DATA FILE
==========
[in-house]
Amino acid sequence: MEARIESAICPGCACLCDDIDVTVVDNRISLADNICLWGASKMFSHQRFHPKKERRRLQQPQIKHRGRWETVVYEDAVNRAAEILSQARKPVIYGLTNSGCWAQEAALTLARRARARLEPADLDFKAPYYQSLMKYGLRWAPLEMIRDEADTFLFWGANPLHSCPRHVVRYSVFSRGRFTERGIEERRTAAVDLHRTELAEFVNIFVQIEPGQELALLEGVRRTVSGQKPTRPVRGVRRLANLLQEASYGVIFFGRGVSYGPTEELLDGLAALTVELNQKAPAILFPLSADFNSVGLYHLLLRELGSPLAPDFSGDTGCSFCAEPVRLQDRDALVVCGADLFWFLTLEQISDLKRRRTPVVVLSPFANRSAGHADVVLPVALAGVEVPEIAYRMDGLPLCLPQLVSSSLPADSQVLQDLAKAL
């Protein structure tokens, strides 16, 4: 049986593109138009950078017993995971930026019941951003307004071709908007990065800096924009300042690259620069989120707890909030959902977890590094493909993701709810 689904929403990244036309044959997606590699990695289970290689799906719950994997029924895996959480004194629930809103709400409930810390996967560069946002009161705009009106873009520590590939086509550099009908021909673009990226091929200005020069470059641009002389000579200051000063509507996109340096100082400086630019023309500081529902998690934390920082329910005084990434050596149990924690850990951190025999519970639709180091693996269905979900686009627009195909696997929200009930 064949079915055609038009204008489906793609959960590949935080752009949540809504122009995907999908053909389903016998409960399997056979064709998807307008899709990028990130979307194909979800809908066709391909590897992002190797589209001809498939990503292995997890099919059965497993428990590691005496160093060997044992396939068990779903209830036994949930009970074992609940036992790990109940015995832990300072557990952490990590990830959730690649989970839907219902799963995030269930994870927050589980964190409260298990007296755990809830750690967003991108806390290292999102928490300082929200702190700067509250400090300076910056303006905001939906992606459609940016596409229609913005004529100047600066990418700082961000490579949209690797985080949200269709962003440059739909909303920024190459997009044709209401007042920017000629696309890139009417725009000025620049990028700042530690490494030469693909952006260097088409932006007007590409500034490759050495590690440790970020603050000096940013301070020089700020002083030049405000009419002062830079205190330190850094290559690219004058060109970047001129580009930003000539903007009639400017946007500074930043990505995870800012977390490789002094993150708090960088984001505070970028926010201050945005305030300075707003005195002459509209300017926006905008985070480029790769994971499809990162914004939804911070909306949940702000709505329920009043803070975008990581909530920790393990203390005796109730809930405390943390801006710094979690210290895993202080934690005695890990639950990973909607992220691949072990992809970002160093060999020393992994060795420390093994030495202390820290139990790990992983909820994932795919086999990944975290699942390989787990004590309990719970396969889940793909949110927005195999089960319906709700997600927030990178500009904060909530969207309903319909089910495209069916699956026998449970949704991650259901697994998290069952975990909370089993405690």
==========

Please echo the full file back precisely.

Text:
[in-house]
Amino acid sequence: MEARIESAICPGCACLCDDIDVTVVDNRISLADNICLWGASKMFSHQRFHPKKERRRLQQPQIKHRGRWETVVYEDAVNRAAEILSQARKPVIYGLTNSGCWAQEAALTLARRARARLEPADLDFKAPYYQSLMKYGLRWAPLEMIRDEADTFLFWGANPLHSCPRHVVRYSVFSRGRFTERGIEERRTAAVDLHRTELAEFVNIFVQIEPGQELALLEGVRRTVSGQKPTRPVRGVRRLANLLQEASYGVIFFGRGVSYGPTEELLDGLAALTVELNQKAPAILFPLSADFNSVGLYHLLLRELGSPLAPDFSGDTGCSFCAEPVRLQDRDALVVCGADLFWFLTLEQISDLKRRRTPVVVLSPFANRSAGHADVVLPVALAGVEVPEIAYRMDGLPLCLPQLVSSSLPADSQVLQDLAKAL
């Protein structure tokens, strides 16, 4: 049986593109138009950078017993995971930026019941951003307004071709908007990065800096924009300042690259620069989120707890909030959902977890590094493909993701709810 689904929403990244036309044959997606590699990695289970290689799906719950994997029924895996959480004194629930809103709400409930810390996967560069946002009161705009009106873009520590590939086509550099009908021909673009990226091929200005020069470059641009002389000579200051000063509507996109340096100082400086630019023309500081529902998690934390920082329910005084990434050596149990924690850990951190025999519970639709180091693996269905979900686009627009195909696997929200009930 064949079915055609038009204008489906793609959960590949935080752009949540809504122009995907999908053909389903016998409960399997056979064709998807307008899709990028990130979307194909979800809908066709391909590897992002190797589209001809498939990503292995997890099919059965497993428990590691005496160093060997044992396939068990779903209830036994949930009970074992609940036992790990109940015995832990300072557990952490990590990830959730690649989970839907219902799963995030269930994870927050589980964190409260298990007296755990809830750690967003991108806390290292999102928490300082929200702190700067509250400090300076910056303006905001939906992606459609940016596409229609913005004529100047600066990418700082961000490579949209690797985080949200269709962003440059739909909303920024190459997009044709209401007042920017000629696309890139009417725009000025620049990028700042530690490494030469693909952006260097088409932006007007590409500034490759050495590690440790970020603050000096940013301070020089700020002083030049405000009419002062830079205190330190850094290559690219004058060109970047001129580009930003000539903007009639400017946007500074930043990505995870800012977390490789002094993150708090960088984001505070970028926010201050945005305030300075707003005195002459509209300017926006905008985070480029790769994971499809990162914004939804911070909306949940702000709505329920009043803070975008990581909530920790393990203390005796109730809930405390943390801006710094979690210290895993202080934690005695890990639950990973909607992220691949072990992809970002160093060999020393992994060795420390093994030495202390820290139990790990992983909820994932795919086999990944975290699942390989787990004590309990719970396969889940793909949110927005195999089960319906709700997600927030990178500009904060909530969207309903319909089910495209069916699956026998449970949704991650259901697994998290069952975990909370089993405690």